….The steady administration of Zenobia [who governed with manly (sic — Ed.) counsels Palmyra, Syria, and the East for above five years] was guided by the most judicious maxims of policy. If it was expedient to pardon, she could calm her resentment; if it was necessary to punish, she could impose silence on the voice of pity. Her strict economy was accused of avarice; yet on every proper occasion she appeared magnificent and liberal. The neighboring states of Arabia, Armenia, and Persia, dreaded her enmity, and solicited her alliance. To the dominions of Odenathus, which extended from the Euphrates to the frontiers of Bithnya, his widow added the inheritance of her ancestors, the populous and fertile kingdom of Egypt. The emperor Claudius acknowledged her merit, and was content that, while he pursued the Gothic war, she would assert the dignity of the empire in the East… She blended with the popular manners of Roman princes the stately pomp of the courts of Asia, and exacted from her subjects the same adoration that was paid to the successors of Cyrus. She bestowed on her three sons a Latin education, and often showed them to the troops adorned with the Imperial purple. For herself she reserved the diadem, with the splended but doubtful title of Queen of the East.
However she falls afoul of the new emperor Aurelian, as she tries to maintain control of her territories while he tries to consolidate the crumbling Empire.
The siege of Palmyra was an object far more difficult and important, and the emperor, who, with incessant vigour, pressed the attacks in person, was himself wounded with a dart [arrow]. “The Roman people,” says Aurelian, in an original letter, “speak with contempt of the war which I am waging against a woman. They are ignorant both of the character and of the power of Zenobia. It is impossible to enumerate her warlike preparations, of stones, of arrows, and of every species of missile weapons. Every part of the walls is provided with two or three balistae, and artificial fires are thrown from her military engines. The fear of punishment has armed her with a desperate courage. Yet still I trust in the protecting deities of Rome, which have hitherto been favourable to all my undertakings.” Doubtful, however, of the protection of the gods, and of the event of the siege, Aurelian judged it more prudent to offer terms of an advantageous capitulation; to the queen, a splendid retreat; to the citizens, their ancient privileges. His proposals were obstinately rejected, and the refusal was accompanied with insult.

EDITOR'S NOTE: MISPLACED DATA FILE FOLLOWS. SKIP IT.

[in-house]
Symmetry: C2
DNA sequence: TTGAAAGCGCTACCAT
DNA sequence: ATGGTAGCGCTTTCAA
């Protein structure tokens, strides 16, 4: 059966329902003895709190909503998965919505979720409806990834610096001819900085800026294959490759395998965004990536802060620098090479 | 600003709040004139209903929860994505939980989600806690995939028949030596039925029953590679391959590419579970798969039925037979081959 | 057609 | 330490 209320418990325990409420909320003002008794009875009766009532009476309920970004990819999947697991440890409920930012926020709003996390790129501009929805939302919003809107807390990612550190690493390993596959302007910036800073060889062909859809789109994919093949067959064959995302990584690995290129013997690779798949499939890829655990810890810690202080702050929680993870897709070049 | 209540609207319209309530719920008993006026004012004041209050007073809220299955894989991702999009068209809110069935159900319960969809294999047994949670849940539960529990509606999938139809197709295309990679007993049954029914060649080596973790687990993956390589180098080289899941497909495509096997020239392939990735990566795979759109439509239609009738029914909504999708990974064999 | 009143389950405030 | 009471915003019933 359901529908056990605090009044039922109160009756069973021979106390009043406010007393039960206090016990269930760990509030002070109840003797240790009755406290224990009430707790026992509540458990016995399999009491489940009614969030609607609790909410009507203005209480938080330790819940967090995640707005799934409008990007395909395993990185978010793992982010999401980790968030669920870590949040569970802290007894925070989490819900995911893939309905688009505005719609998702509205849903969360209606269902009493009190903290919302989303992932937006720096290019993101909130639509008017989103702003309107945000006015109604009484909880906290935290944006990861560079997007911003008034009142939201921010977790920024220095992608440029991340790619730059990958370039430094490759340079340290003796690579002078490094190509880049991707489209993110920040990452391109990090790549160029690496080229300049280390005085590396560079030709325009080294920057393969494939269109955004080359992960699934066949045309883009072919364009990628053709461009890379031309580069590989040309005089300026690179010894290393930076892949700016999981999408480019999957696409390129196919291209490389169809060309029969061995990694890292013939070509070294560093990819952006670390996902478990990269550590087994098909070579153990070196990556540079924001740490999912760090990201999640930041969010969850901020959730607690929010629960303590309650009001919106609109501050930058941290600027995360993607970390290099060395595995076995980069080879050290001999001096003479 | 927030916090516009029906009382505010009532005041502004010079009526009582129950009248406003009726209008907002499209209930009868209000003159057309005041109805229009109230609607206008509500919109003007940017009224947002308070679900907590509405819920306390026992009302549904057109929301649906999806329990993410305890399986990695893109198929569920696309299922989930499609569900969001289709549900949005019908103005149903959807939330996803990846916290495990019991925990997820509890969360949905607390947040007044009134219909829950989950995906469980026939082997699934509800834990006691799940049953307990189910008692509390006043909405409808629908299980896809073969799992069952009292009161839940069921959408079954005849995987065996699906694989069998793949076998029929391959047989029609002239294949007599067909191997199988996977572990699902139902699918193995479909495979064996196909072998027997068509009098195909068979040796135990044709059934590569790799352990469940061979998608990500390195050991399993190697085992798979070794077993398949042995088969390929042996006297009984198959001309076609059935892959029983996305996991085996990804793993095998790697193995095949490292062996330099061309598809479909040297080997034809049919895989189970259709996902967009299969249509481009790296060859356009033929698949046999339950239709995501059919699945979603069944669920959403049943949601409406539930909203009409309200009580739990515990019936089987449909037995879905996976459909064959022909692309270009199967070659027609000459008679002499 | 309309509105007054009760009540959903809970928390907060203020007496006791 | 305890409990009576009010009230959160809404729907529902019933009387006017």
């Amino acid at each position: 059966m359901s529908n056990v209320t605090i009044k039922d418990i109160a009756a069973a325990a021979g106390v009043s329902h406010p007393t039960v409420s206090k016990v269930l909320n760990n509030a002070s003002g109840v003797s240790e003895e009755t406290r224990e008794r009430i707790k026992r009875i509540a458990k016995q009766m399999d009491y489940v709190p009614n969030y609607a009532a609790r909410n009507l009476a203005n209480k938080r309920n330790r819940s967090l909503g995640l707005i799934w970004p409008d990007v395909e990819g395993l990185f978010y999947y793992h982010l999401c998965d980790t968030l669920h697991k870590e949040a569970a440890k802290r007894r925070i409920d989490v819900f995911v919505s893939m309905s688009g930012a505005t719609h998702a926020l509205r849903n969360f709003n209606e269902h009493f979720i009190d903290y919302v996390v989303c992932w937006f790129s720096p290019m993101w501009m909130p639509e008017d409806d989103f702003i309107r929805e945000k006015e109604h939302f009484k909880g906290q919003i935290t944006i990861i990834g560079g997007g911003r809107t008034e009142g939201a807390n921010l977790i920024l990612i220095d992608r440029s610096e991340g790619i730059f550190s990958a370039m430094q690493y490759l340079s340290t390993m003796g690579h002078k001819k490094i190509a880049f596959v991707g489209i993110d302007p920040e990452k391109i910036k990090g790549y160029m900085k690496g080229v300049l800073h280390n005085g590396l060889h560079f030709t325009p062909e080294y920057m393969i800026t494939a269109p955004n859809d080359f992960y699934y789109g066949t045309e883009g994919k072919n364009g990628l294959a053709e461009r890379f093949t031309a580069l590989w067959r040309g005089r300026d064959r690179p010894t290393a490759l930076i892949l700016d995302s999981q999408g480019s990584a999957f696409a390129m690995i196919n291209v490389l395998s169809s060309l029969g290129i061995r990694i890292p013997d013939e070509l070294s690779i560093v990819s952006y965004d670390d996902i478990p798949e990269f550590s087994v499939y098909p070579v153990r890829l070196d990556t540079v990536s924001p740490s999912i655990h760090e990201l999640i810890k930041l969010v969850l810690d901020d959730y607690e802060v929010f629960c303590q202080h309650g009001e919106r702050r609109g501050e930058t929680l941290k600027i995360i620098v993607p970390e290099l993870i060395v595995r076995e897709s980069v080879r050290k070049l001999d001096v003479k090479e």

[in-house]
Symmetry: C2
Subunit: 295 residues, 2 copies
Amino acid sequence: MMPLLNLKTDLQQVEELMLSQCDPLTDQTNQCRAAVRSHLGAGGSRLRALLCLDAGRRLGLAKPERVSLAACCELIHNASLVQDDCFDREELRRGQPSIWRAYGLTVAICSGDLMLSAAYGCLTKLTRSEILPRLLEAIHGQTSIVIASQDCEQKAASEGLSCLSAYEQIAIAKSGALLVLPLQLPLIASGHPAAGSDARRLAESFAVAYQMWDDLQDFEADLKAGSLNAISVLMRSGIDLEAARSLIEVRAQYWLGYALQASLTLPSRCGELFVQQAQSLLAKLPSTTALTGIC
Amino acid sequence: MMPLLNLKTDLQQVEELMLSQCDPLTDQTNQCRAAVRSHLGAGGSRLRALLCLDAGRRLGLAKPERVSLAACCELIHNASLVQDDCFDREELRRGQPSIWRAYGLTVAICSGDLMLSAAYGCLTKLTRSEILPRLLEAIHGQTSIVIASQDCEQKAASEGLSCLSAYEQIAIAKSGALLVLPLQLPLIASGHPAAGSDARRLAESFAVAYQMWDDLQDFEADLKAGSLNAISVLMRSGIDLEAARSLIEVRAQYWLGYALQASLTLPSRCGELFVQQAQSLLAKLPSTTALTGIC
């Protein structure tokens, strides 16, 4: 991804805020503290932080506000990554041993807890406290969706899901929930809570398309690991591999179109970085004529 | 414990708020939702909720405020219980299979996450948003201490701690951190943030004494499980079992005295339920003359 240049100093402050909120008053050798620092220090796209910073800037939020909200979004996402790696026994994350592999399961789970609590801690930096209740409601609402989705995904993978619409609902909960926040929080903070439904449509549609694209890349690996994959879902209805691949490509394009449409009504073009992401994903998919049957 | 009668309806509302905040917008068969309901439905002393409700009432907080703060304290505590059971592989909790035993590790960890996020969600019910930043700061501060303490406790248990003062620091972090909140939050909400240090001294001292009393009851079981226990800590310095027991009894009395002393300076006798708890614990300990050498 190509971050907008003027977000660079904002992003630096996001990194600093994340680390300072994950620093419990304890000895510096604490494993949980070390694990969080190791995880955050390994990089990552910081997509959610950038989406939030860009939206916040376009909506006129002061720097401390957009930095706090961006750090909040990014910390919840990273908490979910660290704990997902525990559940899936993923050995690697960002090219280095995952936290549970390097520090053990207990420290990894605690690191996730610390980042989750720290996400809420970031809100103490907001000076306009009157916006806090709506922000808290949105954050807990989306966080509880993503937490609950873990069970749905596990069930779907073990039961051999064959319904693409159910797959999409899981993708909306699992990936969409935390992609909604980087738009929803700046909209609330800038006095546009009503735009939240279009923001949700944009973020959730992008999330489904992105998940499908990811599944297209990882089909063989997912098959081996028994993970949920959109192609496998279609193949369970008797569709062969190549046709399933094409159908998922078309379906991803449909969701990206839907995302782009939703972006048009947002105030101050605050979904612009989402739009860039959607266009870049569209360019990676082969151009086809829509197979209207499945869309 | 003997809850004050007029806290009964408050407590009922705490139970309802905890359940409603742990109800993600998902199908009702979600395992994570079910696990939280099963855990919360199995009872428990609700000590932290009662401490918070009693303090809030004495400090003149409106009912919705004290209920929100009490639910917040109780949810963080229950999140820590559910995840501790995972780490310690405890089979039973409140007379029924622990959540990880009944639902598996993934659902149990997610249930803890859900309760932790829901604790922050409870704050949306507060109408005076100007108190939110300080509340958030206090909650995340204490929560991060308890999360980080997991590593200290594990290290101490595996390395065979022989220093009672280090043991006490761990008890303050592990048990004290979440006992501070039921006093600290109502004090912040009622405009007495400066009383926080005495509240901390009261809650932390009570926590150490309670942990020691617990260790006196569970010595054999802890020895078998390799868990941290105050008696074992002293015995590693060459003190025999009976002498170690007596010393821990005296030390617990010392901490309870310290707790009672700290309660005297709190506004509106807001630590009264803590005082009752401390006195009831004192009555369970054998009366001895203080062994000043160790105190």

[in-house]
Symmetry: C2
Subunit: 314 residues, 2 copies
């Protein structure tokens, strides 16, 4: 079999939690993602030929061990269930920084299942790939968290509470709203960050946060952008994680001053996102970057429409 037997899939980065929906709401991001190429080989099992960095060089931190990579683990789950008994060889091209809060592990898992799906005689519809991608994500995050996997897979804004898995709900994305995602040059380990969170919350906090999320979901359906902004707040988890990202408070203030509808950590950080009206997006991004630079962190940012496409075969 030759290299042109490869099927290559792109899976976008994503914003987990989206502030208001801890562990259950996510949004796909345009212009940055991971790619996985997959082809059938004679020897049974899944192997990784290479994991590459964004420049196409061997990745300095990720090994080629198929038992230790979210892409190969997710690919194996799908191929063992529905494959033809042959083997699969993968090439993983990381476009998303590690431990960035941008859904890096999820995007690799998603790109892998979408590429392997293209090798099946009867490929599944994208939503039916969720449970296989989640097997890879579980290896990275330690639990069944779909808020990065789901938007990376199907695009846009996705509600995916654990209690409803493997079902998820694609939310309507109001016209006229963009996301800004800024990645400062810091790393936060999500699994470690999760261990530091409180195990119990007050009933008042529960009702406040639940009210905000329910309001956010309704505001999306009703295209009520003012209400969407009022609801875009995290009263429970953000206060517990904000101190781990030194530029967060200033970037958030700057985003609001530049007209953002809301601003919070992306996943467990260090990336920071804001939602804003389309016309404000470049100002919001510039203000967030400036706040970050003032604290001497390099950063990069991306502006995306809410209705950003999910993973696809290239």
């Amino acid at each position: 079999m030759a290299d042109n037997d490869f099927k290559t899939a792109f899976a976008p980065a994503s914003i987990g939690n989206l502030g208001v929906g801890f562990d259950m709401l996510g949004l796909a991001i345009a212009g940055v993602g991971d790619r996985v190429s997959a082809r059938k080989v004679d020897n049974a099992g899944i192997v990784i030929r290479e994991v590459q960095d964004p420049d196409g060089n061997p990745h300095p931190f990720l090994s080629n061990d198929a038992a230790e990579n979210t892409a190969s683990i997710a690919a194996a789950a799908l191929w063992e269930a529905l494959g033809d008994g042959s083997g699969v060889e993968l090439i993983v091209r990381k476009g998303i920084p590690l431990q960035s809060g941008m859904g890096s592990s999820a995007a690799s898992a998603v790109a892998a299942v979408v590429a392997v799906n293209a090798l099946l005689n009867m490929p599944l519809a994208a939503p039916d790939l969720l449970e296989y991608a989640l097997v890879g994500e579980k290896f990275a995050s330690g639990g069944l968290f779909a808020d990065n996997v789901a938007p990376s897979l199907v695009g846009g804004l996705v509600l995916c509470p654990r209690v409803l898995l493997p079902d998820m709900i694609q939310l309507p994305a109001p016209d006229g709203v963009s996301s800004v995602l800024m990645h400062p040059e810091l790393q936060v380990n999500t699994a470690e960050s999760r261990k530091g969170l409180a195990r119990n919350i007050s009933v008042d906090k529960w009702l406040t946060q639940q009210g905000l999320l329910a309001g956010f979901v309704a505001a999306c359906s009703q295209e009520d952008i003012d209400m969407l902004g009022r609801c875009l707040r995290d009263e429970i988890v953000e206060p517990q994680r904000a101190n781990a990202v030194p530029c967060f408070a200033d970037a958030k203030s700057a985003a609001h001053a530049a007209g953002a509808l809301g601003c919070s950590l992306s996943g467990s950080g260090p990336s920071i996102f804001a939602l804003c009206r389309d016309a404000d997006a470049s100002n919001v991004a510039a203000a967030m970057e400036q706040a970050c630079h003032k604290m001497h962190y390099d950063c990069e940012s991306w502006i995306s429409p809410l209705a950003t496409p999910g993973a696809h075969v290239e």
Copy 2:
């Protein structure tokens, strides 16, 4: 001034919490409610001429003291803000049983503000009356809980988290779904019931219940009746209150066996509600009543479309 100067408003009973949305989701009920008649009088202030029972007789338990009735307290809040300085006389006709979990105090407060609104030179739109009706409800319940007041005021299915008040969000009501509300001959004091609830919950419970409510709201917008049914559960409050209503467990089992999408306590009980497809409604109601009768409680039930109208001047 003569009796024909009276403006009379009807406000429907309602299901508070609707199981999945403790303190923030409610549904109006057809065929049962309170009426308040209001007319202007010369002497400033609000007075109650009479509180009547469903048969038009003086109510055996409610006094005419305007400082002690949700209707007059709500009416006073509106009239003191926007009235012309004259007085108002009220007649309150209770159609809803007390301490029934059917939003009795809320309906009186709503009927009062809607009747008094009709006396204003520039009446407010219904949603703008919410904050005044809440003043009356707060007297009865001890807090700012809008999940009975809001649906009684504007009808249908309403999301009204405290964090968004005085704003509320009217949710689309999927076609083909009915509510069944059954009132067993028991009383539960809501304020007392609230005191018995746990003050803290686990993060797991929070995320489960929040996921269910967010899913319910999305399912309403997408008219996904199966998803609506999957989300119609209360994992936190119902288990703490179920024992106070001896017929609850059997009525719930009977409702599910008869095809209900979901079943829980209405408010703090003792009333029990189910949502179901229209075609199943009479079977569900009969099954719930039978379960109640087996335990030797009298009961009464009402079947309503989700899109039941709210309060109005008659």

Zenobia evidently believed that the Roman army would begin to starve during the protracted siege, and she could obtain relief from Persia. But all the relief efforts were intercepted by the Romans. She tried to flee, alone, on a dromedary, but was captured by Roman light cavalry.
When the Syrian queen was brought into the presence of Aurelian, he sternly asked her, How she had presumed to rise in arms against the emperors of Rome? The answer of Zenobia was a prudent mixture of respect and firmness. “Because I disdained to consider as Roman emperors and Aureolus or a Gallienus. You alone I acknowledge as my conqueror and my sovereign.”
According to Gibbon, Zenobia however grew afraid of the clamors for her immediate execution, and decided to spare her own life by sacrificing her supporters, including the scholar Longinus. Gibbon says of Palmyra after her defeat,
The seat of commerce, of arts, and of Zenobia, gradually sunk into an obscure town, a trifling fortress, and at length a miserable village. The present citizens of Palmyra (in the 19th century), consisting of thirty or forty families, have erected their mud cottages within the spacious court of a magnificent temple.
Gibbon finally describes Aurelian’s triumphant return to Rome:
The pomp was opened by twenty elephants, four royal tigers, and above two hundred of the most curious animals from every climate of the North, the East, and the South. They were followed by sixteen hundred gladiators… The victories of Aurelian were attested by the long train of captives who reluctantly attended his triumph – Goths, Vandals, Sarmatians, Alemanni, Franks, Gauls, Syrians, and Egyptians. But every eye, disregarding the crowd of captives, was fixed on the Emperor Tetricus and the queen of the East. The beauteous figure of Zenobia was confined by fetters of gold; a slave supported the gold chain which encircled her neck, and she almost fainted under the intolerable weight of jewels. She preceded on foot the magnificent chariot in which she once hoped to enter the gates of Rome…
But, in the end, the Emperor treated the Queen of the East with clemency:
The emperor presented Zenobia with an elegant villa at Tibur or Tivoli, about twenty miles from the capital; the Syrian queen insensibly sunk into a Roman matron, her daughters married into noble families, and her race was not yet extinct in the fifth century.